Skill Builder: Bathing and Grooming

This ElderCare Skill Builderä is intended to give the eldercaregiver background information on special skills that caregivers may need on a daily basis. While these guides are primarily intended for caregivers of people with Alzheimer’s Disease, they can be used for any frail or dependent elderly person. When caring for an elderly loved one, always treat them as an adult, with dignity and respect.

You should use this guide for educational purposes and as a supplement to any professional training, guidance from a home care provider, or instructions from a qualified health care professional. As a caregiver, you will likely be the first to notice any important changes in physical attributes, eating habits or health status. Please notify a qualified health professional immediately if you notice any changes.

Bathing

   Things That May Cause Problems With Bathing

   Tips and Techniques

   Undressing Tips and Techniques

Grooming

   Tips and Techniques

      Hair

      Shaving

      Make-up

      Nails

      Teeth

Bathing

Things That May Cause Problems With Bathing

  • Depression, that often causes a lack of interest in personal care.
  • Presence of an illness.
  • Temperature of water or room that is uncomfortable.
  • Inability to find the bathroom.
  • White tub, white tile, white floor, white shower stall could cause confusion.
  • Lack of privacy.
  • Embarrassment about having someone else in the bathroom.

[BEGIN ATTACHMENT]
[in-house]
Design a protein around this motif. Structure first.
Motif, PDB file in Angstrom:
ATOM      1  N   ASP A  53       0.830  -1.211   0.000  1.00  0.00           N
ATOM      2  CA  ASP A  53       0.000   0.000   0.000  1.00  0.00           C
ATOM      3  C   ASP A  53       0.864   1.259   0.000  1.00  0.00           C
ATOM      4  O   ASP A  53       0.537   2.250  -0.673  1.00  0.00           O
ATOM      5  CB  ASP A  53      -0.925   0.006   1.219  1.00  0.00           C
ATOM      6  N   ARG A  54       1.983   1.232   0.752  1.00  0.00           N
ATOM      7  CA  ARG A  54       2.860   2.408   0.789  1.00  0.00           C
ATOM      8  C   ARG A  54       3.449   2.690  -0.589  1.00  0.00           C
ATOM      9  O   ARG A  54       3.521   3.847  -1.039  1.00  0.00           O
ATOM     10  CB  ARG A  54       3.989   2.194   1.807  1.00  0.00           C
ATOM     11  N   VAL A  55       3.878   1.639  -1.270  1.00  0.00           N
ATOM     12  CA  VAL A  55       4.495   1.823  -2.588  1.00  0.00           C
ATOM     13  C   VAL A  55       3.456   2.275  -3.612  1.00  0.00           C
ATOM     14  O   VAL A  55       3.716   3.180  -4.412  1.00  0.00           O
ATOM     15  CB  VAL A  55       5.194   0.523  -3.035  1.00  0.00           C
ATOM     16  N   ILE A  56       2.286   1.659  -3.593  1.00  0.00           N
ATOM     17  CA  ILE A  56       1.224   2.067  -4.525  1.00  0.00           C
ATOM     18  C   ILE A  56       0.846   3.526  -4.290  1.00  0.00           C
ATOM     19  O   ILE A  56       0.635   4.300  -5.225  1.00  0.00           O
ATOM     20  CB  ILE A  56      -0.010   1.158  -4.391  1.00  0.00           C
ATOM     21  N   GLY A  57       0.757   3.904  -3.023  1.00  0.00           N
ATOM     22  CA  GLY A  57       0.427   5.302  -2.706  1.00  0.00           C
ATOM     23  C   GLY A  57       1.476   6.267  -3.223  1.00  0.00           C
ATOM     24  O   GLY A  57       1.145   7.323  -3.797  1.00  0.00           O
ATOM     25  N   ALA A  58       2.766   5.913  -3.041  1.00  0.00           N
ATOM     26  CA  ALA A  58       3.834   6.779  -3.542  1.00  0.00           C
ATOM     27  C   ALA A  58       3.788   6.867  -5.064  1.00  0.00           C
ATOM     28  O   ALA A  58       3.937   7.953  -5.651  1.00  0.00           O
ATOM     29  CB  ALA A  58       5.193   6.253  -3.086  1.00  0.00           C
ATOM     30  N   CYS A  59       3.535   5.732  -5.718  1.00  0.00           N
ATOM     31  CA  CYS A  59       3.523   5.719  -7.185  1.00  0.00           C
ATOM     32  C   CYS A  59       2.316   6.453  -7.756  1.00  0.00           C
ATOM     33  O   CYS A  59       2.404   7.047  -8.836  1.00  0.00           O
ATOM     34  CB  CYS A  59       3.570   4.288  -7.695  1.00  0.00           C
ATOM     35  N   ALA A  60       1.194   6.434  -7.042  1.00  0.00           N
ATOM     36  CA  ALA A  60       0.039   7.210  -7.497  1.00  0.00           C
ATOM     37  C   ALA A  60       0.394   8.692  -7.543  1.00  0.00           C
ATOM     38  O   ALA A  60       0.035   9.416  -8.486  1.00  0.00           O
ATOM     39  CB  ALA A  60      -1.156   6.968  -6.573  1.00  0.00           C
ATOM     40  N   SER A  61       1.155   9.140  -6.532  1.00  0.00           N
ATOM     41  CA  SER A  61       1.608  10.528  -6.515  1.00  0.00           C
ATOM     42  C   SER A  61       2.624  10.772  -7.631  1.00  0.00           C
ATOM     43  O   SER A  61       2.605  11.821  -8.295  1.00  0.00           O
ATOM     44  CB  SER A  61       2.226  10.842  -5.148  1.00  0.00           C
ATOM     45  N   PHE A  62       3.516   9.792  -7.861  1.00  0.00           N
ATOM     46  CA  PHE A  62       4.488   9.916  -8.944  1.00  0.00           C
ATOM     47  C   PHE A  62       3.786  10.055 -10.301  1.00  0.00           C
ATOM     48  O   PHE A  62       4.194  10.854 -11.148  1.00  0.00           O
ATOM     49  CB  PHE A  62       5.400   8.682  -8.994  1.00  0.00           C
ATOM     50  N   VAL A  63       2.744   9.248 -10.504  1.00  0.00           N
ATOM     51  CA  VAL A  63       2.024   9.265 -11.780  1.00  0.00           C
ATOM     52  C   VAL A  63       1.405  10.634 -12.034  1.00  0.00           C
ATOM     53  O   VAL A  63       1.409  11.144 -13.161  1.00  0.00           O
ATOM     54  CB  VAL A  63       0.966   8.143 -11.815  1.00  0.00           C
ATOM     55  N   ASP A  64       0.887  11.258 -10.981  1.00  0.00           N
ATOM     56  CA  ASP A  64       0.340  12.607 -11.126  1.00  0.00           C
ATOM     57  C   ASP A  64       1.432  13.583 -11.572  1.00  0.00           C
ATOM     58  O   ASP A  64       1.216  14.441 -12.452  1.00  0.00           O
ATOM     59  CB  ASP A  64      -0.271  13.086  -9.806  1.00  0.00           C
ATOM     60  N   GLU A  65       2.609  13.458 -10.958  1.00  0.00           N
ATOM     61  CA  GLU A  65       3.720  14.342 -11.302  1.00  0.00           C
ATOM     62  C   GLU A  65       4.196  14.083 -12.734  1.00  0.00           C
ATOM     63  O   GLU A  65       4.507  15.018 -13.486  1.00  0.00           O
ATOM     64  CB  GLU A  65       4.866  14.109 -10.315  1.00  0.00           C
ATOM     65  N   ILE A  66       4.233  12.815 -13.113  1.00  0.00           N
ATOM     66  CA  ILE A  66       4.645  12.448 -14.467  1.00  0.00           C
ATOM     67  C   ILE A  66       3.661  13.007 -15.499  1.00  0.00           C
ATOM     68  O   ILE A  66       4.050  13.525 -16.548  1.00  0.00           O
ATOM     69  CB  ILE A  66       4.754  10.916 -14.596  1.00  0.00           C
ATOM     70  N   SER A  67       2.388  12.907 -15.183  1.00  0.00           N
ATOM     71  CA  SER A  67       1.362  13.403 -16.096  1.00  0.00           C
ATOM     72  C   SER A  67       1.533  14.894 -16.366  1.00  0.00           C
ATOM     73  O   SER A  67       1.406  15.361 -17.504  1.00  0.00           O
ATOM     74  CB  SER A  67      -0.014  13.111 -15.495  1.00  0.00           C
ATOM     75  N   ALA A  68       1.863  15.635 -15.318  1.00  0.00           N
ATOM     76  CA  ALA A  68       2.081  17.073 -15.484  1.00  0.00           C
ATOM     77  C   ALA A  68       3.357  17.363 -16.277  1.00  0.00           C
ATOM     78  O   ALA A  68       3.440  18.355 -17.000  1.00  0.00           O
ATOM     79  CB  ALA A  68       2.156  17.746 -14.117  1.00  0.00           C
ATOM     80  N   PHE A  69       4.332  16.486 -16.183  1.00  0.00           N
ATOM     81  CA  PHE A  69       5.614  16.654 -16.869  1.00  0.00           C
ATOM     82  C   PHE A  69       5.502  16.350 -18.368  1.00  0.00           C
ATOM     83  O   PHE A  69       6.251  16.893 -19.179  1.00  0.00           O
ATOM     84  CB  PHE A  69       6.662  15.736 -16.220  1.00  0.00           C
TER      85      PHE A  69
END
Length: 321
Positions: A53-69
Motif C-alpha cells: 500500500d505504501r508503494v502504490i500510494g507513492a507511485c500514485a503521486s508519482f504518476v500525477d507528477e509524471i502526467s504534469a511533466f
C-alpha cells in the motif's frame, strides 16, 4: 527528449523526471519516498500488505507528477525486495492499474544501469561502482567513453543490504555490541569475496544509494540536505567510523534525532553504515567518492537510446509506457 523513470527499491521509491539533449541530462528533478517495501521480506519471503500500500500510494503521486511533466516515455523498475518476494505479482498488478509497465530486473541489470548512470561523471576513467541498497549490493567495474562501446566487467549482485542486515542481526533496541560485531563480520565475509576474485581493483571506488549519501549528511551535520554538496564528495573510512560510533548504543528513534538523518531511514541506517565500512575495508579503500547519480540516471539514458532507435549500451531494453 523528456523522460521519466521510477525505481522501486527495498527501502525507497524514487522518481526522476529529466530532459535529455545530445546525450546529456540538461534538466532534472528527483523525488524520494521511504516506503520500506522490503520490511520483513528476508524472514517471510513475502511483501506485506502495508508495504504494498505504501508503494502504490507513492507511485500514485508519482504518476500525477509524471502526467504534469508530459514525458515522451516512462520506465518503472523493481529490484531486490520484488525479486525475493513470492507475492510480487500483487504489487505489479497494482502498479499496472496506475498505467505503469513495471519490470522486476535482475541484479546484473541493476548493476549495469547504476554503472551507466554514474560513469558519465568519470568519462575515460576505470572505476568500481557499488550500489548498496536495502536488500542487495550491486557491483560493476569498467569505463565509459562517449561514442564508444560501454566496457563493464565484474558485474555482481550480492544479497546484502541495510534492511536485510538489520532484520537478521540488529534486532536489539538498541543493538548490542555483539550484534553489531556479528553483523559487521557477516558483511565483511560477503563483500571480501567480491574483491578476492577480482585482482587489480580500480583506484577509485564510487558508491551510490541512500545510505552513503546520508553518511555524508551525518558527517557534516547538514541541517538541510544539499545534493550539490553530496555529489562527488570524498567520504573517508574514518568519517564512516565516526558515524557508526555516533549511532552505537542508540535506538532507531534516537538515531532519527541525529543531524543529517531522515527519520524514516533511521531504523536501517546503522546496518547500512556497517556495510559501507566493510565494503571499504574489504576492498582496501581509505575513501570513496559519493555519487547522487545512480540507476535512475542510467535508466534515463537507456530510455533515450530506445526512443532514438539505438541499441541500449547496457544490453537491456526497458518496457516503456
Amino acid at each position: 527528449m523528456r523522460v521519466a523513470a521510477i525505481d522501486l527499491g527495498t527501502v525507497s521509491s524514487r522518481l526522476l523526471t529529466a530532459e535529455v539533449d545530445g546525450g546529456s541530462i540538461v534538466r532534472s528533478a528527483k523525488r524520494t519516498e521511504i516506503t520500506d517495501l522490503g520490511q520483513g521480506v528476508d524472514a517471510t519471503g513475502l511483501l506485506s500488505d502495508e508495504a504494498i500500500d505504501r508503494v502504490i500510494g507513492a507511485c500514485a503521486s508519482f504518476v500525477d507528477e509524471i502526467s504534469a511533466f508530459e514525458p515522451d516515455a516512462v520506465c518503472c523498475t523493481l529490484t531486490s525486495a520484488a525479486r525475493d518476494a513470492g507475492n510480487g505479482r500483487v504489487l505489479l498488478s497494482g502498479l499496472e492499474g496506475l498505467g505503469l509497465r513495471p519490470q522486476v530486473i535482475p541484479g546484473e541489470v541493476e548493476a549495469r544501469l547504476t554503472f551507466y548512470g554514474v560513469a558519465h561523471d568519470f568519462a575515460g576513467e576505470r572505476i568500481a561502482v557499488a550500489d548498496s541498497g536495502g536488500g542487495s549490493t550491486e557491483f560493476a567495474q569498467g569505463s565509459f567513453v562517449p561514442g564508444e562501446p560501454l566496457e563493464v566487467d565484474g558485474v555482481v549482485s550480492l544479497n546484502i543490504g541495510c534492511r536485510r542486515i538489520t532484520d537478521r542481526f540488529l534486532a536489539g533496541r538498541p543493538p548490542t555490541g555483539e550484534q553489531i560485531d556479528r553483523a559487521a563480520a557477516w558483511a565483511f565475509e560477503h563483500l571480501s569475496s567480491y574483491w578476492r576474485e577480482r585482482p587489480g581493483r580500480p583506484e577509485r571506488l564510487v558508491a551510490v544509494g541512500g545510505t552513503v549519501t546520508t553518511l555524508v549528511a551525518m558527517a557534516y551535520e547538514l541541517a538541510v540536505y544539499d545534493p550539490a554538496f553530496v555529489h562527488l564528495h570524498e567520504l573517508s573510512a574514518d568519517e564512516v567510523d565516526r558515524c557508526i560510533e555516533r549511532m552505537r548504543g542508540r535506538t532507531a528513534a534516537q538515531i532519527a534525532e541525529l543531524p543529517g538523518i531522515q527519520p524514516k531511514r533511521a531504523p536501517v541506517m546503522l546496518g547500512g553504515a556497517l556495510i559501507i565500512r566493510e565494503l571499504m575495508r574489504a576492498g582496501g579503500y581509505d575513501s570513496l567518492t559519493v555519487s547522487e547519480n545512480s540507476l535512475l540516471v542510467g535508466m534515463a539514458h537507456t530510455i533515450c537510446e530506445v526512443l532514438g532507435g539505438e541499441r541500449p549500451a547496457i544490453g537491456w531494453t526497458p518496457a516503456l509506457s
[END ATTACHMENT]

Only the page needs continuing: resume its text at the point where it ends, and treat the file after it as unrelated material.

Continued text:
• Fears, such as falling, fear of the sound of running water or the water itself, fear of soap, fear of shampoo and its purpose.
  • Belief that the bath has already taken place.
  • A change in daily routine.
  • The sense of being rushed.
  • Being kept waiting too long while the caregiver prepares the bath.
  • Forgetting how to perform the task.

Tips and Techniques

Bathing an individual may be an awesome task if the caregiver is not alert to some of the common problems. The caregiver must adapt to the special needs of the person receiving the care. Bathing should be a regular routine, done at the same time of day, and using the same steps. Some techniques that may help with bathing include:

  1. Many people prefer a shower to a bath – it’s easier and feels safer. If you use a tub, fill it with four to six inches of water and stay with the person. If the person is startled or agitated when they enter the tub without having seen it being filled, let them stay in the room while the water fills the tub. If running water frightens them, fill the tub with four inches of water and lead them to the bathroom and into the tub.
  2. Stay calm and take it step by step. A bath may take all morning. Remember that if only the important parts get washed, the bath is a success. Some people in the early stages of Alzheimer’s Disease enjoy being in the tub. If you put a comfortable chair in the bathroom, their relaxation time may give you time to relax as well.
  3. The sound and feel of the shower may frighten some people. Others enjoy the soothing relaxation of the water.
  4. After a while some people with Alzheimer’s Disease lose depth perception. They may not realize that the water in the tub is only four inches deep. They may fear drowning and refuse to get into the tub. Keep the tub drained of water and use a rubber hose shower nozzle.
  5. Sometimes it is a question of modesty and as long as a person is covered with a towel or shower blanket, he or she will tolerate bathing. Helping from their side rather than from the front may feel more natural, since a person’s own arms was from the side. Sometimes bathing needs to be limited to a weekly session with sponge baths the other six days.